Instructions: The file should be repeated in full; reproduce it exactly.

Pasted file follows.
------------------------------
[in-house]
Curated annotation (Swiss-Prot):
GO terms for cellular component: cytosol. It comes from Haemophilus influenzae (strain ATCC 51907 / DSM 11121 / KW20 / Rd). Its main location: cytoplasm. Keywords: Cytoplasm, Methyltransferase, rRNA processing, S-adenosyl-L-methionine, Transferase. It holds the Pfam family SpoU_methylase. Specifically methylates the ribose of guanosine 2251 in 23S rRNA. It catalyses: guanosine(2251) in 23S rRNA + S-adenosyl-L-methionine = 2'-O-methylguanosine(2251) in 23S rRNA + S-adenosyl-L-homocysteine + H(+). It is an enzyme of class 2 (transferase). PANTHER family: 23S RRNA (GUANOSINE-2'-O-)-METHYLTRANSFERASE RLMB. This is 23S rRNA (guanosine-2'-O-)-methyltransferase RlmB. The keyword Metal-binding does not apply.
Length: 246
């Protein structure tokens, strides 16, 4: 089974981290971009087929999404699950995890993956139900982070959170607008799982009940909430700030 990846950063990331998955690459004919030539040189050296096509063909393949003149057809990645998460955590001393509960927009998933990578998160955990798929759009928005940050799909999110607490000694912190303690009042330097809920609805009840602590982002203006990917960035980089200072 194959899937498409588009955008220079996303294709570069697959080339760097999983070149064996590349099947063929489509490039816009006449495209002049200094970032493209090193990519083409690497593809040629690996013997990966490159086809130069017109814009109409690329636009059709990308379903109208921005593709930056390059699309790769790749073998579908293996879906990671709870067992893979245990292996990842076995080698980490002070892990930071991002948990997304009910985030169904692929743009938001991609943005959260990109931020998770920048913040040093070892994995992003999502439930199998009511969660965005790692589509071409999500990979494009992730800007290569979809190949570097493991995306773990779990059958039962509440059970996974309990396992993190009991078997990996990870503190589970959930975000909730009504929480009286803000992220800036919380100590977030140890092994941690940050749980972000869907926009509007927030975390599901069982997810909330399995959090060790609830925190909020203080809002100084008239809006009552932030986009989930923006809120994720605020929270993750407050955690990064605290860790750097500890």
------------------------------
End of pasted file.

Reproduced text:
[in-house]
Curated annotation (Swiss-Prot):
GO terms for cellular component: cytosol. It comes from Haemophilus influenzae (strain ATCC 51907 / DSM 11121 / KW20 / Rd). Its main location: cytoplasm. Keywords: Cytoplasm, Methyltransferase, rRNA processing, S-adenosyl-L-methionine, Transferase. It holds the Pfam family SpoU_methylase. Specifically methylates the ribose of guanosine 2251 in 23S rRNA. It catalyses: guanosine(2251) in 23S rRNA + S-adenosyl-L-methionine = 2'-O-methylguanosine(2251) in 23S rRNA + S-adenosyl-L-homocysteine + H(+). It is an enzyme of class 2 (transferase). PANTHER family: 23S RRNA (GUANOSINE-2'-O-)-METHYLTRANSFERASE RLMB. This is 23S rRNA (guanosine-2'-O-)-methyltransferase RlmB. The keyword Metal-binding does not apply.
Length: 246
């Protein structure tokens, strides 16, 4: 089974981290971009087929999404699950995890993956139900982070959170607008799982009940909430700030 990846950063990331998955690459004919030539040189050296096509063909393949003149057809990645998460955590001393509960927009998933990578998160955990798929759009928005940050799909999110607490000694912190303690009042330097809920609805009840602590982002203006990917960035980089200072 194959899937498409588009955008220079996303294709570069697959080339760097999983070149064996590349099947063929489509490039816009006449495209002049200094970032493209090193990519083409690497593809040629690996013997990966490159086809130069017109814009109409690329636009059709990308379903109208921005593709930056390059699309790769790749073998579908293996879906990671709870067992893979245990292996990842076995080698980490002070892990930071991002948990997304009910985030169904692929743009938001991609943005959260990109931020998770920048913040040093070892994995992003999502439930199998009511969660965005790692589509071409999500990979494009992730800007290569979809190949570097493991995306773990779990059958039962509440059970996974309990396992993190009991078997990996990870503190589970959930975000909730009504929480009286803000992220800036919380100590977030140890092994941690940050749980972000869907926009509007927030975390599901069982997810909330399995959090060790609830925190909020203080809002100084008239809006009552932030986009989930923006809120994720605020929270993750407050955690990064605290860790750097500890």